The European Union has stepped up the pressure on Turkey by approving an initial batch of sanctions over the country’s move to drill for gas in waters that bloc member Cyprus sees as its own.
Ankara has pushed back, saying that curbing contact or funding by the EU would not pressure it to stop the search for oil and gas off the Cypriot coast.
Turkey’s Foreign Ministry said on Tuesday that the move “showed how biased and partisan the EU is on the subject of Cyprus”.
“The decisions will not affect in the slightest our country’s determination to continue hydrocarbon activities in the Eastern Mediterranean,” the ministry statement said. Turkey’s Foreign Minister Mevlut Cavusoglu issued his own warning last week that his country would step up drilling activities off Cyprus if the EU moved ahead with sanctions.
The EU ministers said in a statement that in light of Turkey’s “continued and new illegal drilling activities”, it was suspending talks on an air transport agreement and would call on the European Investment Bank to “review” its lending to the country.
Two Turkish vessels escorted by warships are drilling for gas on either end of divided Cyprus.
Turkey does not recognise Cyprus as a state and claims 44 per cent of the island’s exclusive economic zone as its own, according to Cypriot government officials. Ankara also backs the breakaway northern Turkish-Cypriot half of the east Mediterranean island, which claims a further 25 per cent of Cyprus’ economic area.
Cyprus was split along ethnic lines in 1974 when Turkey invaded in the wake of a coup by supporters of union with Greece. A Turkish-Cypriot declaration of independence is recognised only by Turkey, which keeps more than 35,000 troops in the north.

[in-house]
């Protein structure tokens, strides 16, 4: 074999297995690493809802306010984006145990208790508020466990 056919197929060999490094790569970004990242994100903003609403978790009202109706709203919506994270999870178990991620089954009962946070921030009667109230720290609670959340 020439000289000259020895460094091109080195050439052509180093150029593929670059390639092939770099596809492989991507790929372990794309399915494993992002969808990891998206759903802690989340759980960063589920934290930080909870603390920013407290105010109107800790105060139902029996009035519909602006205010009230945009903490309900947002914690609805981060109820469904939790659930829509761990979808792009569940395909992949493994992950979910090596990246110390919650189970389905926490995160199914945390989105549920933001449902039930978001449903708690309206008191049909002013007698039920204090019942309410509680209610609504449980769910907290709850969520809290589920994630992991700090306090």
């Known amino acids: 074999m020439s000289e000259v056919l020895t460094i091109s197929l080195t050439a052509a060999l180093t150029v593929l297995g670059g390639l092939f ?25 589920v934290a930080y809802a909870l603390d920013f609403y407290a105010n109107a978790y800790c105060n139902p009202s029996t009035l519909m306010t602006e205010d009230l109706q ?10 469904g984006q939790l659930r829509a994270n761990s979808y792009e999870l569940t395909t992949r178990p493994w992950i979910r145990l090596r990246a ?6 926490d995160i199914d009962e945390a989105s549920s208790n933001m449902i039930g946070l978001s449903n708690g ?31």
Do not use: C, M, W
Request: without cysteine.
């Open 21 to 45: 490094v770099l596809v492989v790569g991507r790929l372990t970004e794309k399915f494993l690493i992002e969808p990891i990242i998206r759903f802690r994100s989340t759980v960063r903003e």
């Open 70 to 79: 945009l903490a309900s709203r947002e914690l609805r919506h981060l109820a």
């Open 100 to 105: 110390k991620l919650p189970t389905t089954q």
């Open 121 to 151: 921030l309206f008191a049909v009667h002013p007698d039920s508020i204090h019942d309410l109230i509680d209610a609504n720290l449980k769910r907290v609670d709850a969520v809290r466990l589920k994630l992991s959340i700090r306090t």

Cyprus joined the EU in 2004, but only the internationally recognised south enjoys full membership benefits.
Turkey contends that it is protecting its rights and those of Turkish Cypriots to the area’s hydrocarbon deposits. Cypriot officials, however, accuse Ankara of using the minority Turkish Cypriots in order to pursue its goal of exerting control over the eastern Mediterranean region.
The EU ministers repeated the “serious immediate negative impact” that Turkey’s illegal actions are having on bilateral relations and called on Ankara to respect Cyprus’ sovereign rights in line with international law.
The Cypriot government says it will take legal action against any oil and gas companies supporting Turkish vessels in any repeat attempt to drill for gas. Cyprus has already issued about 20 international arrest warrants against three international companies assisting one of the two Turkish vessels now drilling 68 kilometres off the island’s west coast.
The Cyprus government has licensed energy companies including ExxonMobil, France’s Total and Italy’s Eni to carry out gas drilling in blocks, or areas, off the island’s southern coastline. At least three significant gas deposits have been discovered so far.
Meanwhile, Cyprus’s Greek-Cypriot President Nicos Anastasiades will chair a meeting of political leaders Tuesday to discuss a renewed proposal by Turkish Cypriot leader Mustafa Akinci to establish a joint committee with Greek Cypriots on managing offshore gas drilling.
Mr Akinci has repeatedly called for the creation of such a committee, which he says would give his community a say in how newly found gas deposits off Cyprus’s southern coast are managed and future proceeds shared. A similar proposal was made by Mr Akinci’s predecessor, Dervis Eroglu, in 2011.
The Cypriot government says energy discussions with Turkish Cypriots should be part of overarching reunification talks, adding that Turkish-Cypriot rights to the island’s energy reserves are assured. The government says future gas proceeds that will flow into an established hydrocarbons fund will be shared equitably after a peace deal is signed.
The latest EU move comes as ties between Turkey and the US are strained over Ankara’s purchase of Russian-made S-400 missile defence systems.
The US is concerned that a Nato partner’s purchase of Russian missile systems could give Moscow a back door into the alliance’s systems – particularly its trillion-dollar F-35 stealth multi-role combat aircraft programme.
In response to the move by Ankara, the US is mulling sanctions and other measures just days after the first deliveries of the S-400 arrived in Turkey.